moviescope at the lff final day

– . – movieScope at the LFF: Final Day


movieScope at the LFF: Final Day

It’s hard to believe that today is the final day of the 2009 London Film Festival. As usual, it’s shot past in a blur of premieres, red carpets, parties and press conferences but, as usual, it’s the films that have proved to be the star of the show. From the festival opener Fantastic Mr Fox, audiences have been taken on a global cinematic journey taking in every genre and taste imaginable. But it is somewhat fitting that the film chosen to close the LFF is British through and through.


Aaron Johnson as John Lennon

Artist Sam Taylor Wood’s feature debut Nowhere Boy is based on the biography of Julia Baird, which tells of her growing up with half-brother John Lennon. And so it’s the years before Lennon became the most influential musician on the planet that are the focus here, starting with the death of his beloved Uncle George (David Threlfall) when he was a teenager and ending with his departure for Hamburg a couple of years later. We see the pubescent scallywag John (Aaron Johnson) learning the guitar, starting a rock group and attempting to develop a relationship with his estranged mother Julia (Anne-Marie Duff) – a bond that is actively discouraged by his Aunt Mimi (Kristin Scott-Thomas).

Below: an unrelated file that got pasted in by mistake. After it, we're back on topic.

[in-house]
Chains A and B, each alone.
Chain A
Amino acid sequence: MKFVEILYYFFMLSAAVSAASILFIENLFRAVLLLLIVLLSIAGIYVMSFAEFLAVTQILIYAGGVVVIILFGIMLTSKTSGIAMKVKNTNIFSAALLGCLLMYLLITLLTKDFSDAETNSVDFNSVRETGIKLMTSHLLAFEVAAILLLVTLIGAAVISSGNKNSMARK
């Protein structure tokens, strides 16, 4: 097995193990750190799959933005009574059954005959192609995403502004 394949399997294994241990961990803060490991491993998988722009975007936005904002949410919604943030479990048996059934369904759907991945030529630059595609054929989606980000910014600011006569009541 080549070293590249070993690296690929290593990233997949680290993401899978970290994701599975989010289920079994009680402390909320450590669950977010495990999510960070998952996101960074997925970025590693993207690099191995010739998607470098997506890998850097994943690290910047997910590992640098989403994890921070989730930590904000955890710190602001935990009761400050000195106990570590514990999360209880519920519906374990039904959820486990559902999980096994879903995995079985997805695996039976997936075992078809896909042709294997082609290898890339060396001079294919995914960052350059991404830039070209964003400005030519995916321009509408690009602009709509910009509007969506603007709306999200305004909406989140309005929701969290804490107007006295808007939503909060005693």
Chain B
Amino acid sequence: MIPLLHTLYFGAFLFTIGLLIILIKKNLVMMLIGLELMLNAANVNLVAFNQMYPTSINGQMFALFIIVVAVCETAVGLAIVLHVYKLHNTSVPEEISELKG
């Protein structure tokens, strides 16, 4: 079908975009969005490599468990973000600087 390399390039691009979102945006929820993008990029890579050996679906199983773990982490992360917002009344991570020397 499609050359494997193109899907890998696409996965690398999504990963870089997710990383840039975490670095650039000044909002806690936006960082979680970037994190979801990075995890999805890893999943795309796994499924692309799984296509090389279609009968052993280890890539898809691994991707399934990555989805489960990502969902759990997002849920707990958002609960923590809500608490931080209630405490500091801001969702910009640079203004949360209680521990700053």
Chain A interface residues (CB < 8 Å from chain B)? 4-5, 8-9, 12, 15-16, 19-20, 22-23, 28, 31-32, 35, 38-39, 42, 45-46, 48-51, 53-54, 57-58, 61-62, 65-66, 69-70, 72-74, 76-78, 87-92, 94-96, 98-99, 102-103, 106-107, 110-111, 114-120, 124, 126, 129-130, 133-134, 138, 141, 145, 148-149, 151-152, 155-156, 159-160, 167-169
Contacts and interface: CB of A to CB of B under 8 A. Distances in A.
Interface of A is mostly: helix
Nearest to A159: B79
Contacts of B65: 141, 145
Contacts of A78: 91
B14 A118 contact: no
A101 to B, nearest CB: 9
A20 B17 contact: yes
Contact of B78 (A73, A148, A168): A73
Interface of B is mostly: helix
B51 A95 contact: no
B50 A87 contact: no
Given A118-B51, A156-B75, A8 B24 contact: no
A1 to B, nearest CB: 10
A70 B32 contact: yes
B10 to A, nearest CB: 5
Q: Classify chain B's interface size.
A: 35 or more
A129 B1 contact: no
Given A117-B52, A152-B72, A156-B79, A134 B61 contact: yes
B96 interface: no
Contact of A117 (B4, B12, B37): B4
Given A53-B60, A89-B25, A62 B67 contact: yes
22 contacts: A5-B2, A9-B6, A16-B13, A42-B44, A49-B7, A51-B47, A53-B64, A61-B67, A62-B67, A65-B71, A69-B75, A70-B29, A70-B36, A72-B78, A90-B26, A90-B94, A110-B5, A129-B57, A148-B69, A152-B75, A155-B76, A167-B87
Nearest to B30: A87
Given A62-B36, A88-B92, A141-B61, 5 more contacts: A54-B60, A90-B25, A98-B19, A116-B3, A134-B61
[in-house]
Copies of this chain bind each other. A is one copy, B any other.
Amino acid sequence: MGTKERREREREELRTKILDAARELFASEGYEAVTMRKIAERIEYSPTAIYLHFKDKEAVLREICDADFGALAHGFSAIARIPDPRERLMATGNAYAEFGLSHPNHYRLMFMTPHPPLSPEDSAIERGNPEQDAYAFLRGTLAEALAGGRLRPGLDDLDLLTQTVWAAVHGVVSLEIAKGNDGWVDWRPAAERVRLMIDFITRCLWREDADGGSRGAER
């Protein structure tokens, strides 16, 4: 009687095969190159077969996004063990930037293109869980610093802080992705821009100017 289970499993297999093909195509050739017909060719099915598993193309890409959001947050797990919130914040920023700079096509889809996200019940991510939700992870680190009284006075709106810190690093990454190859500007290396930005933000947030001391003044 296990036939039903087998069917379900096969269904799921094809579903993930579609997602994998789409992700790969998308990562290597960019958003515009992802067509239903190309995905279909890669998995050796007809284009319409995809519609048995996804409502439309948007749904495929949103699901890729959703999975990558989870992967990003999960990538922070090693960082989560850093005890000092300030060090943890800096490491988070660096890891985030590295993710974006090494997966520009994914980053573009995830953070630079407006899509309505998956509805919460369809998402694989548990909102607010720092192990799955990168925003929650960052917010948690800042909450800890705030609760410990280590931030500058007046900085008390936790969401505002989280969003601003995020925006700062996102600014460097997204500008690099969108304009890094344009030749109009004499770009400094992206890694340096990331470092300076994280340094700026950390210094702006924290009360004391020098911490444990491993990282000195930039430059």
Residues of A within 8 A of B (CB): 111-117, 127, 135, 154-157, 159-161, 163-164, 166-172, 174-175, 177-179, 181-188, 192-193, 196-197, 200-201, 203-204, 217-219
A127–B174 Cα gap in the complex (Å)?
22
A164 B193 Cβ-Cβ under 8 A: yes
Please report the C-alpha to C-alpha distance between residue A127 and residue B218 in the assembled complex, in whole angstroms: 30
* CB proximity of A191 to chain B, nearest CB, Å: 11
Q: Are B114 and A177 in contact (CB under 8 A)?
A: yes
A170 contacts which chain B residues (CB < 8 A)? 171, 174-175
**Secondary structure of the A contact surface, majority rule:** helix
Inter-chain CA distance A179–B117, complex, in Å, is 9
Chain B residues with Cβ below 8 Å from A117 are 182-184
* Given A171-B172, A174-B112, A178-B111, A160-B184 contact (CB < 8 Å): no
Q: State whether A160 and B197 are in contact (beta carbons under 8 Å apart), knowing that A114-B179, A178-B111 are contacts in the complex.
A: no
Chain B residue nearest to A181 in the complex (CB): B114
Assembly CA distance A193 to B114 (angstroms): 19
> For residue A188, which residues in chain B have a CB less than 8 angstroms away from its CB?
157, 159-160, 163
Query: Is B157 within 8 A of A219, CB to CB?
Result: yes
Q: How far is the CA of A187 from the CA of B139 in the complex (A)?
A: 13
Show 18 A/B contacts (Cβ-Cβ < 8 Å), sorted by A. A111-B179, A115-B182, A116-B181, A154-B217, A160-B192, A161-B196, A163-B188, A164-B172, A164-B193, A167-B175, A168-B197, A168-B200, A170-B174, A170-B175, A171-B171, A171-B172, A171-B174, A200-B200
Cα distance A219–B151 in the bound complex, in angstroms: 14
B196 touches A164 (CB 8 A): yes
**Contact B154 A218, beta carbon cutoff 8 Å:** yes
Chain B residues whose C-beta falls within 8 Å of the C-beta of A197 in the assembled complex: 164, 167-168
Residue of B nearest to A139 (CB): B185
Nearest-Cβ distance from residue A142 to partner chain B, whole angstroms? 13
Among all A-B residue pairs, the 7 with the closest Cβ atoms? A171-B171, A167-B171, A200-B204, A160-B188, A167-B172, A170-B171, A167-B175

Anne-Marie Duff as Julia and Kristin Scott Thomas as Mimi

Of course, there will be no surprises for any Beatles fan as Lennon’s is a story oft-told, but Wood’s film does get to the heart of the troubled boy whose desire to find himself lead him to form the greatest band of all time. And this is certainly John’s story – the word ‘Beatles’ is never mentioned, and Paul McCartney (Thomas Sangster) and George Harrison (Sam Bell) are reduced to periphery characters. Johnson carries the role with exceptional style, capturing the swaggering confidence and intense vulnerability that would eventually be laid bare in his lyrics, and endear him to millions of fans.

It’s a solid debut from Wood, who has cannily picked a strong story for her debut, one which tells itself. She never lets her focus stray from Lennon and, although Beatles fans will enjoy watching the creation of the band, there are no sly winks at the audience to detract from the human drama playing out in Lennon’s world. Nowhere Boy is a compelling, if familiar story, exceptionally well told.
(4 stars)

[For an in-depth review of Nowhere Boy check out the December/January issue of movieScope on shelves December 2009.



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